My wife and I went to see “Thanks For Sharing” a couple of days ago. It’s high on the list of best movies I’ve seen, and definitely tops my list of films about addiction (replacing “Clean and Sober,” starring Michael Keaton and Kathy Baker, which held the top spot for well over 20 years).
Unfortunately, it’s also true that the very people it’s about — sex addicts — are probably the last people who should go to see it. My own issues in that department are not depicted in the film (I checked ahead of time), and even at that I found a couple of scenes troubling. A number of them have the potential to be highly triggering, especially for those addicted to porn, in early recovery, or still acting out and trying to stop.
That said, the portrayal of sex and love addictions and recovering addicts is accurate and to the point. “Thanks For Sharing” is a realistic, entertaining, sympathetic and — yes — humorous look at a problem that’s a lot more common and debilitating than the general public understands. I was especially impressed by the way sex addiction was shown to dovetail with other addictions, and the ways it can complicate recovery.
Perhaps “dovetail” isn’t quite the right word, because as many have found to their surprise and often dismay, sexual sobriety is a whole different ball of wax as compared to substance abuse, and even to most other behavioral addictions. Unlike substances and things like shopping and gambling, which can be avoided, sexuality is hard-wired into the human psyche and must be dealt with constantly. When desires become skewed, or deflected into unhealthy patterns, they mark the rest of people’s lives, their relationships with others and with themselves. And, since most folks’ arousal templates are set in the preschool years, their development is highly vulnerable to a wide and often devastating variety of influences. Such disturbances can be both lifelong, and life-threatening.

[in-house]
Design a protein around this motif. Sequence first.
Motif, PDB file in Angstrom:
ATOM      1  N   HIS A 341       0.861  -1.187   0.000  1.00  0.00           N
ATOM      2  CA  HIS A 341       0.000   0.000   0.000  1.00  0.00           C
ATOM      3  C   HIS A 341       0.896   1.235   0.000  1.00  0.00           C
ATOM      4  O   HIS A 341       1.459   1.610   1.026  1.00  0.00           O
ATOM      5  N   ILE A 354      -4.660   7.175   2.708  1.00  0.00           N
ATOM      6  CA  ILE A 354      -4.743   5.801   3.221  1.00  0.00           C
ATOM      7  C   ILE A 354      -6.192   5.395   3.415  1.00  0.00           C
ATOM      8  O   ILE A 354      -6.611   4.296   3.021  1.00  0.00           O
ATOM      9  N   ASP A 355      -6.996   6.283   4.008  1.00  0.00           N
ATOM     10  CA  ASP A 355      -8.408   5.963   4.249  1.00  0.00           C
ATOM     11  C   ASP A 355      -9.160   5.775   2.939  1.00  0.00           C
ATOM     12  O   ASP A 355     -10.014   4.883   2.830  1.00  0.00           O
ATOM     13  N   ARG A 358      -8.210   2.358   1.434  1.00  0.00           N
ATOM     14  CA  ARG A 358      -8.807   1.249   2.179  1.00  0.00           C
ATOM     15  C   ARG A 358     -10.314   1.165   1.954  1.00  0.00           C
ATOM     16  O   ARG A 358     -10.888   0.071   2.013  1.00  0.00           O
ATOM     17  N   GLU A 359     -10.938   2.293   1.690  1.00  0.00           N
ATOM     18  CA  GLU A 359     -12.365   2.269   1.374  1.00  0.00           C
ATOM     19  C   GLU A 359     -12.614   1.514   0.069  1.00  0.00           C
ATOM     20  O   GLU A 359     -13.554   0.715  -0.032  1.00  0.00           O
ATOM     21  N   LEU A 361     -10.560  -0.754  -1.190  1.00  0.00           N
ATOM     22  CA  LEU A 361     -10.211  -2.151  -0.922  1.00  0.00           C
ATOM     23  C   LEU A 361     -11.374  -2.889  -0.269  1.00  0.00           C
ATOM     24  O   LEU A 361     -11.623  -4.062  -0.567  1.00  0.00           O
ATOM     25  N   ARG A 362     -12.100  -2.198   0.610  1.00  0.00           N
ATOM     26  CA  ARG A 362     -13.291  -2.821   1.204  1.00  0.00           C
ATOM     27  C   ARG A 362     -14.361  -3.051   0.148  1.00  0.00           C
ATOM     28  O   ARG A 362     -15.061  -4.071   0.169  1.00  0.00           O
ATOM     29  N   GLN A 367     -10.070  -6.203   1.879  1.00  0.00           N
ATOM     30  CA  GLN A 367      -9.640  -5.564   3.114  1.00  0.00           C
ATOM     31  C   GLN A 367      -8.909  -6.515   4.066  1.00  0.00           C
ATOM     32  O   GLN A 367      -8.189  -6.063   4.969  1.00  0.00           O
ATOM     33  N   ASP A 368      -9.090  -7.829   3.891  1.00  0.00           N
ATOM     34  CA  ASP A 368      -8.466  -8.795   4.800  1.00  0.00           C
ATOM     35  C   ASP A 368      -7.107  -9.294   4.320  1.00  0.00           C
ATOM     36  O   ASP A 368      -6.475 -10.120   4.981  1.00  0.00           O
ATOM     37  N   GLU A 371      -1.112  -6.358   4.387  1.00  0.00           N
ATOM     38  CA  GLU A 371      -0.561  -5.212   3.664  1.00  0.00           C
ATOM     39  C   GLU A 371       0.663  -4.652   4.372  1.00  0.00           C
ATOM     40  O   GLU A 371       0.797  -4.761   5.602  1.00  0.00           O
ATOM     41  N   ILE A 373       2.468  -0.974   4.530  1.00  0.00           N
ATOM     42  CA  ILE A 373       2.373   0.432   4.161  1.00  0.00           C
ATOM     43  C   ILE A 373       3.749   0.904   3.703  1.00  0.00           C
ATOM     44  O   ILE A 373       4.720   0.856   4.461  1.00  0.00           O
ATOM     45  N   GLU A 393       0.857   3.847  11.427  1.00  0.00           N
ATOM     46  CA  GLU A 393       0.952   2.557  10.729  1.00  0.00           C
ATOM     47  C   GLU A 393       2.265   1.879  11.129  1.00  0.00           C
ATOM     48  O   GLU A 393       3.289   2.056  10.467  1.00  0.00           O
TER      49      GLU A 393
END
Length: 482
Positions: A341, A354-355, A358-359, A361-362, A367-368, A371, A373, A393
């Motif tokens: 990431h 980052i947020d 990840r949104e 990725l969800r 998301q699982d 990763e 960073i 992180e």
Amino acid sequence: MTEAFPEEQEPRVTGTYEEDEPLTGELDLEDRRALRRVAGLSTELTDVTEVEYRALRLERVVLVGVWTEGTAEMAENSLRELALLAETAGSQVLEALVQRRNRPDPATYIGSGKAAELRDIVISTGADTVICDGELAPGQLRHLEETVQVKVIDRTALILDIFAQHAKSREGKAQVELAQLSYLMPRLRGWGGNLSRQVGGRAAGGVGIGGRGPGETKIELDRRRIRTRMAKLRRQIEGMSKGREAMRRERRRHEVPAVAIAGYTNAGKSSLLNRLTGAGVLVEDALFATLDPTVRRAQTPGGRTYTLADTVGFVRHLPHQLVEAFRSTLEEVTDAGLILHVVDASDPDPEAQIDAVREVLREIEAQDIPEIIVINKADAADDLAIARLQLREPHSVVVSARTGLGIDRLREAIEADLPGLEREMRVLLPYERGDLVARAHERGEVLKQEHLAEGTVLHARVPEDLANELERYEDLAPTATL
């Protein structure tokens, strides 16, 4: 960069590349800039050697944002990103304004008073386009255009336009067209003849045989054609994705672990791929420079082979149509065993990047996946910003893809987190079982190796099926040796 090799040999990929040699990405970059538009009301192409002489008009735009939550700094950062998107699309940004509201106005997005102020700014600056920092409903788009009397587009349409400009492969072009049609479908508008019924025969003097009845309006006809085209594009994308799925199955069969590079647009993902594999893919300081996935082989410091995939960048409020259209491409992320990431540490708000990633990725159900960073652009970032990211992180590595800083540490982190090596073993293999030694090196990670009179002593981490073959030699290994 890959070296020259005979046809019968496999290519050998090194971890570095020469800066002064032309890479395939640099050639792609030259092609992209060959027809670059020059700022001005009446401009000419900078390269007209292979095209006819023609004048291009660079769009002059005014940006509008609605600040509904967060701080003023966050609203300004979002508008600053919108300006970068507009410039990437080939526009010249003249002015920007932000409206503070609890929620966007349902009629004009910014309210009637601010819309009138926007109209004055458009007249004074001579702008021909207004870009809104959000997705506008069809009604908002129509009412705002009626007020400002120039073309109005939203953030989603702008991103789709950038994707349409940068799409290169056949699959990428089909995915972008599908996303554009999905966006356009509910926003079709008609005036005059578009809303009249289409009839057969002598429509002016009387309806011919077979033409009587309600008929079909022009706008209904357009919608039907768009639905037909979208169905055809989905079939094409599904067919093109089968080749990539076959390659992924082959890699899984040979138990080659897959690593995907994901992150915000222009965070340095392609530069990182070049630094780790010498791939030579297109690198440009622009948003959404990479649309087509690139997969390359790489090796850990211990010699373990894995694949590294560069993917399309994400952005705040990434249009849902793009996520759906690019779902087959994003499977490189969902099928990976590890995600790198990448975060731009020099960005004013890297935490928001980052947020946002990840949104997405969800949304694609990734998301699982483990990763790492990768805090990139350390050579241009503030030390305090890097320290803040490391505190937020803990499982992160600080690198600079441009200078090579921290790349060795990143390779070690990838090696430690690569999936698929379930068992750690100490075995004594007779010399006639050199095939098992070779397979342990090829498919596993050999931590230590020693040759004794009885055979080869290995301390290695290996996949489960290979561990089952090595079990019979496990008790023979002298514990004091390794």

Although folks recovering from sexual issues should probably skip “Thanks For Sharing”, it needs to be seen by any adult who is connected in any way with an active or recovering sex addict. It should probably be seen by recovering people in general, because of the prevalence of sexual issues as secondary addictions and as substitute stimulation taking the place of substances. Any recovering alcoholic or other addict will be able to relate to the characters, their behavior and their issues.
One would hope that it will also be viewed by much of the general public, who still seem to find the idea of someone addicted to sex laughable, at best. However, despite a stellar cast that includes Gwyneth Paltrow (possibly the sexiest 41-year-old on the planet), Tim Robbins (fantastic as an AA old-timer with a lot to learn), Jolie Richardson, Mark Ruffalo, Josh Gad and Alicia Moore (a.k.a. Pink, who stole the show), the limited release, R-rating and resulting small domestic gross make it likely that the attention “Thanks For Sharing” deserves will have to wait for video.
And that’s a shame, because this movie can literally save lives.